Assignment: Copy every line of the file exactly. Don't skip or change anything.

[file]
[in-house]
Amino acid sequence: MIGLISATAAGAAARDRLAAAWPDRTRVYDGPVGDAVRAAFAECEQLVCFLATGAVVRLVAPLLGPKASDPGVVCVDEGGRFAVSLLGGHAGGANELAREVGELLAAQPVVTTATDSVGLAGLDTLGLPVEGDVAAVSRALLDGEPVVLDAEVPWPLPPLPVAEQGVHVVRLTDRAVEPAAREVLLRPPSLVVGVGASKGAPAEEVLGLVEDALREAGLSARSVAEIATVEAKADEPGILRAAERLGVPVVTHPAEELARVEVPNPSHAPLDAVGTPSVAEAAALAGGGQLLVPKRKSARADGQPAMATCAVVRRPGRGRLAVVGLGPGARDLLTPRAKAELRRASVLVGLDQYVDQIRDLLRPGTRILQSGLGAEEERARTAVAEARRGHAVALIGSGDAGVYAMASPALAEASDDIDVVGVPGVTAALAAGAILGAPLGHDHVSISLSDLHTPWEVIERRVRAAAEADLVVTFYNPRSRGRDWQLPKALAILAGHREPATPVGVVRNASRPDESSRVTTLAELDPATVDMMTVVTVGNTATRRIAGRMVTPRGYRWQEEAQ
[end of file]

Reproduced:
[in-house]
Amino acid sequence: MIGLISATAAGAAARDRLAAAWPDRTRVYDGPVGDAVRAAFAECEQLVCFLATGAVVRLVAPLLGPKASDPGVVCVDEGGRFAVSLLGGHAGGANELAREVGELLAAQPVVTTATDSVGLAGLDTLGLPVEGDVAAVSRALLDGEPVVLDAEVPWPLPPLPVAEQGVHVVRLTDRAVEPAAREVLLRPPSLVVGVGASKGAPAEEVLGLVEDALREAGLSARSVAEIATVEAKADEPGILRAAERLGVPVVTHPAEELARVEVPNPSHAPLDAVGTPSVAEAAALAGGGQLLVPKRKSARADGQPAMATCAVVRRPGRGRLAVVGLGPGARDLLTPRAKAELRRASVLVGLDQYVDQIRDLLRPGTRILQSGLGAEEERARTAVAEARRGHAVALIGSGDAGVYAMASPALAEASDDIDVVGVPGVTAALAAGAILGAPLGHDHVSISLSDLHTPWEVIERRVRAAAEADLVVTFYNPRSRGRDWQLPKALAILAGHREPATPVGVVRNASRPDESSRVTTLAELDPATVDMMTVVTVGNTATRRIAGRMVTPRGYRWQEEAQ